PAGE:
Labour must go for contributory welfare, not more means testing

June 4, 2013 5:30 pm

£100 million may not be an awful lot of money in the scheme of things – around 0.05% of the welfare budget – but Ed Balls’ announcement yesterday that Labour would means-test the winter fuel allowance was an important political moment.

First the good news. Putting pensioners’ benefits up for discussion is a positive step. David Cameron was wrong to promise to protect them all, regardless of circumstances, at the last election and Gordon Brown was wrong to back Cameron into a corner in the live debates. Pensioner benefits account for around 40% of all welfare spending, so protecting them has put huge pressure on the working age welfare budget to bear the burden of austerity.

The bad news is there are problems with means testing both in principle and in practice. In principle, we should aim for a welfare system that helps people in need, but also encourages honesty and rewards work and saving. This is what Maurice Glasman calls ‘incentives to virtue’. Means testing tends to do the opposite of these things and is unpopular as a result.

In practice means testing complicates the system and requires more bureaucracy to check exactly who is entitled to what. All for just £100 million. The real reason pensioner benefits are so expensive is that we are all living longer. So the question we should be asking is whether it is right that people can claim the winter fuel allowance as early as age 62, not whether means testing could save a small fraction of the overall spend.

More generally, Labour needs to get its story straight on welfare. What is the big idea? Focusing scarce resources on the most needy, as yesterday’s announcement suggests, or strengthening ‘the old principle of contribution’ as Liam Byrne promised not so long ago? Labour would do well to focus more the second of these two approaches, especially if it wishes to restore the public’s faith in working age welfare. The international evidence shows that the most generous welfare states are also those with stronger contributory elements.

This week Demos publishes proposals on how to do this. The government could create a two-tier system, with higher benefits for those with strong work records – around £95 per week job seekers allowance, compared to the £71.70 that everyone gets at the moment, regardless of their employment record. This would be paid for by cutting spending on Support for Mortgage Interest (SMI). SMI is a benefit specifically for homeowners: it covers the interest on up to £200,000 of loans or mortgages when people are out of work.

There is a principle behind this proposal: taking on a mortgage is a choice – and people should take responsibility for insuring themselves against the risks associated with that choice. To that end, people should be automatically enrolled into mortgage payment protection insurance (MPPI), providing those customers with the chance to opt out of such insurance. This would mean that anyone not insured against their mortgage interest costs would have actively made that choice. All others would be insured at a maximum cost of around £33 per month, less than the average phone bill.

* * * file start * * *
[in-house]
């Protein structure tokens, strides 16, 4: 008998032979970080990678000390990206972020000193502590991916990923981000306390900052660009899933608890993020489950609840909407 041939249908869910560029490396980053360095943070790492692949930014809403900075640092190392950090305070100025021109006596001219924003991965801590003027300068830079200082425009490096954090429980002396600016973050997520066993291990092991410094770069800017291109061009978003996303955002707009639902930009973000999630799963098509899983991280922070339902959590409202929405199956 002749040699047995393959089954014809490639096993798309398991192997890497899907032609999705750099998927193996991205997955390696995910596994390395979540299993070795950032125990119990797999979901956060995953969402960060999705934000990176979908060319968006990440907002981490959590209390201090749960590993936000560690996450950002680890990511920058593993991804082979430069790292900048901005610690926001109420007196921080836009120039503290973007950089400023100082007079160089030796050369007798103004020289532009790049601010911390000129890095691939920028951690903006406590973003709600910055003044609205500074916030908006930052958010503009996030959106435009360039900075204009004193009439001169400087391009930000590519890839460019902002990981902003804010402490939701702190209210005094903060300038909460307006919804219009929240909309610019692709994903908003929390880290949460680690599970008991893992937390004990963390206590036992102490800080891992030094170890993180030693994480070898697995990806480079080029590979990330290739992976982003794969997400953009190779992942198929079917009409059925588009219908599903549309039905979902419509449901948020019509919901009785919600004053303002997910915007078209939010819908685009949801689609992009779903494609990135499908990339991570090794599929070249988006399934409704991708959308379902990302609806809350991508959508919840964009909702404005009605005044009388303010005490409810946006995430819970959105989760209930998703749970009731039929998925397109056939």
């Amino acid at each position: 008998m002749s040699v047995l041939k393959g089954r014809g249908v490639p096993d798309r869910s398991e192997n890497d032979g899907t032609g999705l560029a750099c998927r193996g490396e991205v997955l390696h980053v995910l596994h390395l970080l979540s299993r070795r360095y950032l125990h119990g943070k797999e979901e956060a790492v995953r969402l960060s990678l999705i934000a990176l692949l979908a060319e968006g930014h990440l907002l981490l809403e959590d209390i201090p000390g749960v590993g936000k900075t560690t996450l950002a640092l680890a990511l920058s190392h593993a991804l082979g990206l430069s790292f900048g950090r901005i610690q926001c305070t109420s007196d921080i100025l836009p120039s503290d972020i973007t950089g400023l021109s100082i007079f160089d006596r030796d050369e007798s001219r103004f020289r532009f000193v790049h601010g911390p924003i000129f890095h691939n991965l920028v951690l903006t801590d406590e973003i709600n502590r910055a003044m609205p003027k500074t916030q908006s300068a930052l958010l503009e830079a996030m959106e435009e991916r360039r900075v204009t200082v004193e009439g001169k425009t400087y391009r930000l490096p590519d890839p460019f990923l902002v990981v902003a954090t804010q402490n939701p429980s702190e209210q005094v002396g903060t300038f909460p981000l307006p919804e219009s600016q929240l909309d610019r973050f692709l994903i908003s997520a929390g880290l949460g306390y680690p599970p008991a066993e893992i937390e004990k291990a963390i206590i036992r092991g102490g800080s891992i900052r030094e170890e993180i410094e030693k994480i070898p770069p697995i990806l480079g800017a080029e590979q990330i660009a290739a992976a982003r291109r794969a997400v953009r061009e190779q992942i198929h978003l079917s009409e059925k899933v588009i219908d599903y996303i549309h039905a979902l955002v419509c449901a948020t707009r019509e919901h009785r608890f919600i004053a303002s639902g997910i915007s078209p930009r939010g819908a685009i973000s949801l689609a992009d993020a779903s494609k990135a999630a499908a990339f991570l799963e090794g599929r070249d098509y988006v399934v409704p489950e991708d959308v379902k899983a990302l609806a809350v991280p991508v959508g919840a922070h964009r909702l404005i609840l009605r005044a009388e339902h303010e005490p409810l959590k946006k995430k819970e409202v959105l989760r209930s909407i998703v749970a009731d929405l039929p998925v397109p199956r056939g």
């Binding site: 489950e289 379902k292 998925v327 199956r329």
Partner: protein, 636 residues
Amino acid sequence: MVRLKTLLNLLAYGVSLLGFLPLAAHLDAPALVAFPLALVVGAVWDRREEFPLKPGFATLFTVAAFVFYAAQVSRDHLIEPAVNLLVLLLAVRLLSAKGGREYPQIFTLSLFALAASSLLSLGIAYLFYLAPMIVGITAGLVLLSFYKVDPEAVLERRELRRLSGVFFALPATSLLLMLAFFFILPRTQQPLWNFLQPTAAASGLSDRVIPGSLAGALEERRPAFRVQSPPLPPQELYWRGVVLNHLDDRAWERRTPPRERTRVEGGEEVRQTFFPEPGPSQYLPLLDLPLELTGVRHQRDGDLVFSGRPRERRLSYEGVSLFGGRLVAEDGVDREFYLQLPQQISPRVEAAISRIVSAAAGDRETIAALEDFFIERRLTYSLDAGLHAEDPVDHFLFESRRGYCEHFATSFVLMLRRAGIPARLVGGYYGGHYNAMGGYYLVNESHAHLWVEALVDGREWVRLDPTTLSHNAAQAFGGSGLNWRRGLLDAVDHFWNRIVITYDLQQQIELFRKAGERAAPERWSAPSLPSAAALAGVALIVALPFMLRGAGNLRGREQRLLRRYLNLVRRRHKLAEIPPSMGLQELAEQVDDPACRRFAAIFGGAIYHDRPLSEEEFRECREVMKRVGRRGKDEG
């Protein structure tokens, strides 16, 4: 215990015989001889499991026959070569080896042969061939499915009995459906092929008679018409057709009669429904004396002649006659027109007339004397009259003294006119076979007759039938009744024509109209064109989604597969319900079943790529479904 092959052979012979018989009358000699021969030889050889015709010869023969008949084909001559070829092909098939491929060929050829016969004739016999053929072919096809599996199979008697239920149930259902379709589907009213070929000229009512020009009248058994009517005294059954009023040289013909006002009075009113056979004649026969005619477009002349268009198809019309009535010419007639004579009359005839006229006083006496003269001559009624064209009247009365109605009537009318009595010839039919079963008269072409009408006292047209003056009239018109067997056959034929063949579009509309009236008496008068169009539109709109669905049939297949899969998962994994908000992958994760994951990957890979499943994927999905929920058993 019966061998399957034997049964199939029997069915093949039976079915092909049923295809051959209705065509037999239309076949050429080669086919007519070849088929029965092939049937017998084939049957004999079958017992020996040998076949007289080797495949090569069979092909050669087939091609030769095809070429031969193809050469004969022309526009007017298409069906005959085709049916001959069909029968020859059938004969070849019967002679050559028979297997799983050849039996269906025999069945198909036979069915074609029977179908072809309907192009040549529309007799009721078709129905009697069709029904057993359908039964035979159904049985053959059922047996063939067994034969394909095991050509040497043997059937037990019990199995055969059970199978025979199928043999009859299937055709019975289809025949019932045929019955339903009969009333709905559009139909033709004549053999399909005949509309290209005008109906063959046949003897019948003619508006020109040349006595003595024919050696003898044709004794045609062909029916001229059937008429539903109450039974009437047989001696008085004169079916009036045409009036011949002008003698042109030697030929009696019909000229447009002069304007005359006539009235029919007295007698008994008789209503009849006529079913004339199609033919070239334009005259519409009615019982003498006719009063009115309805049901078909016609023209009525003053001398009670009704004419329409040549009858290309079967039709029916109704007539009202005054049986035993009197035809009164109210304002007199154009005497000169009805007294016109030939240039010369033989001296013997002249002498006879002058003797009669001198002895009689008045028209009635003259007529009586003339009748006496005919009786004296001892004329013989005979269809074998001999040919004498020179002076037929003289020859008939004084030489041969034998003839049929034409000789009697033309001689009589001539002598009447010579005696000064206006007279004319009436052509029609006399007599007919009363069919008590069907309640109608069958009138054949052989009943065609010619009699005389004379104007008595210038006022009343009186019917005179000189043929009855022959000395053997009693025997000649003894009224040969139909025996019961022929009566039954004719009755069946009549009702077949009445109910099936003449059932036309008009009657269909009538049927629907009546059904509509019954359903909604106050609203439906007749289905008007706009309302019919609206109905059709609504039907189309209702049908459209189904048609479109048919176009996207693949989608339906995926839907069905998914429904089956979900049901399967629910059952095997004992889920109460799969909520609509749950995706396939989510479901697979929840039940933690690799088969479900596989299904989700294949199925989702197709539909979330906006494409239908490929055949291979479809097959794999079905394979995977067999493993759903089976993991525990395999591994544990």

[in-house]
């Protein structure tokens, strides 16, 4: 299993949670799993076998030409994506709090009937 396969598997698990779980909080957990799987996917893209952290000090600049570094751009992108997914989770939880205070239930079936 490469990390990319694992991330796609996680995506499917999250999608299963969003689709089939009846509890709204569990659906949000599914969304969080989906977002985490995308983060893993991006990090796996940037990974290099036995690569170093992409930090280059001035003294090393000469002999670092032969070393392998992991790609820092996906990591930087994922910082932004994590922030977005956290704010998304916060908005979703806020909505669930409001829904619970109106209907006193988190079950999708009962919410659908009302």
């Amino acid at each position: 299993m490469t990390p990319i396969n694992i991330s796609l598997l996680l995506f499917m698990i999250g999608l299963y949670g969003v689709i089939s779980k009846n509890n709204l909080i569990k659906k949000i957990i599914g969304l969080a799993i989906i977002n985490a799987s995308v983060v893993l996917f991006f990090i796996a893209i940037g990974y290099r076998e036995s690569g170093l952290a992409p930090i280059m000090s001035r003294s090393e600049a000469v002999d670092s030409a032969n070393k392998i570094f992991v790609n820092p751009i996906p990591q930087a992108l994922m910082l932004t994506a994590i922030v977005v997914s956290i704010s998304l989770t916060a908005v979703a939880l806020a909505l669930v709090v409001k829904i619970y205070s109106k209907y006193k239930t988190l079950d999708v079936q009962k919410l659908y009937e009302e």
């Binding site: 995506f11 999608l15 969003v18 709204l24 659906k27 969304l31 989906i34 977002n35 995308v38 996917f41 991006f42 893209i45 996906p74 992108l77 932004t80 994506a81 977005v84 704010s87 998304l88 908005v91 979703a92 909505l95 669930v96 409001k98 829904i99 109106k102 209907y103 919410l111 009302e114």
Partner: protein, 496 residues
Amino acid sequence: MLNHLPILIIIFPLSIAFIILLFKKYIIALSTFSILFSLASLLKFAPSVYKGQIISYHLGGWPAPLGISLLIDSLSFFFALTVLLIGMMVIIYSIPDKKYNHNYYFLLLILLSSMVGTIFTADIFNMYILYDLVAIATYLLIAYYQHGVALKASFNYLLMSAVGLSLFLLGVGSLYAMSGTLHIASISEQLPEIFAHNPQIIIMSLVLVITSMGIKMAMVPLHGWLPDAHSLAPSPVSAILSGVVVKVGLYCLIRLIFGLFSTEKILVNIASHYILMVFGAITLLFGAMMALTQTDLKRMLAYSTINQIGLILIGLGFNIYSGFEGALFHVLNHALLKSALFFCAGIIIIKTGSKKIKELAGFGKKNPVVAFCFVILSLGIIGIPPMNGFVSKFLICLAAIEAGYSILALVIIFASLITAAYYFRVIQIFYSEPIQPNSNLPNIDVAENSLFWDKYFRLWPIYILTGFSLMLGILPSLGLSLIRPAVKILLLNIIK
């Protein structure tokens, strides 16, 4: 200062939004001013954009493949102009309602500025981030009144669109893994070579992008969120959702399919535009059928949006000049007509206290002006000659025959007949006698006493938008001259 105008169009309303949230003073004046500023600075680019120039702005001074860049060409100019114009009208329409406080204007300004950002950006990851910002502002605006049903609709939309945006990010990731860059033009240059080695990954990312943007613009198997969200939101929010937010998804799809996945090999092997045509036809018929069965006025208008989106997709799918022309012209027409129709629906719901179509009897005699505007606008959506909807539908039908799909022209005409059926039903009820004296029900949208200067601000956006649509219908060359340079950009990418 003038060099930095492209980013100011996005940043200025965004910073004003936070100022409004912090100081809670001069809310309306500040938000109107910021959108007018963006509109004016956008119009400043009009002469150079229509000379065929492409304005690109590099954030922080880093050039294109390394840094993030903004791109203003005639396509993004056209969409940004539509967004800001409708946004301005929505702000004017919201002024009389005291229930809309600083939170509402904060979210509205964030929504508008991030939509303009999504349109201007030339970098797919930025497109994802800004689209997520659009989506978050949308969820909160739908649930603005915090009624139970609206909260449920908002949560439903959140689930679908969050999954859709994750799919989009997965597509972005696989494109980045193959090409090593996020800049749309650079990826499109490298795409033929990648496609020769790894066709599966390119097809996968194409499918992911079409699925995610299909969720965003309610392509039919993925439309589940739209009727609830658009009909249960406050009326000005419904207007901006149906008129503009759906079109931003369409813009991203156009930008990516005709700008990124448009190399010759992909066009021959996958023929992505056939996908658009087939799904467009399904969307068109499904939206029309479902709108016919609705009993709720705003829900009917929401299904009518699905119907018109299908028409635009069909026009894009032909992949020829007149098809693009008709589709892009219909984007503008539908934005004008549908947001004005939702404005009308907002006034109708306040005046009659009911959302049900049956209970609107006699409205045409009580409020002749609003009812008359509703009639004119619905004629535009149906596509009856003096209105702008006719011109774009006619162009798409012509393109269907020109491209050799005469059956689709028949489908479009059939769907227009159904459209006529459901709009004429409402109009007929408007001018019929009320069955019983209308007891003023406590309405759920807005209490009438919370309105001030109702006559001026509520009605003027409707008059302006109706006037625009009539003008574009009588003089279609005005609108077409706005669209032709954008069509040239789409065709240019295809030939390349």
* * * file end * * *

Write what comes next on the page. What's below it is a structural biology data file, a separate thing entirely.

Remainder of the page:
Making these changes would help Labour reclaim the mantle of personal responsibility, with homeowners insuring themselves against risks incurred by their own choices. It would encourage greater social solidarity, by reassuring people that those who have contributed to the welfare system will get the most out of it. And it would not cost a penny more than the current approach.

On Thursday Ed Miliband will make the second big Labour speech of the week, focusing on welfare. Here’s hoping the contributory principle is at the heart of it.

Duncan O’Leary is Deputy Director of Demos 

  • Monkey_Bach

    Whenever anybody is needed to invent a scheme, scam, or ruse to enable Labour to snatch defeat from the jaws of victory Liam Byrne and/or DEMOS are always willing step forward and oblige.

    Eeek.

  • Quiet_Sceptic

    So homeowners have to insure themselves but what about those renting?

    Your argument seems to be that people who buy have a responsibility to insure themselves against homelessness but those who rent should be insured by the state through the housing benefit. system. Why the inconsistency?

    There’s no logic or reason to it, why should the state favour tenants over owners, in effect providing a subsidy to the rental sector?

    What the state ought to do is provide the same level of support regardless of housing type, the owner can use it to pay their mortgage interest, the renter can put it to their rent. Fair and equal treatment of both.

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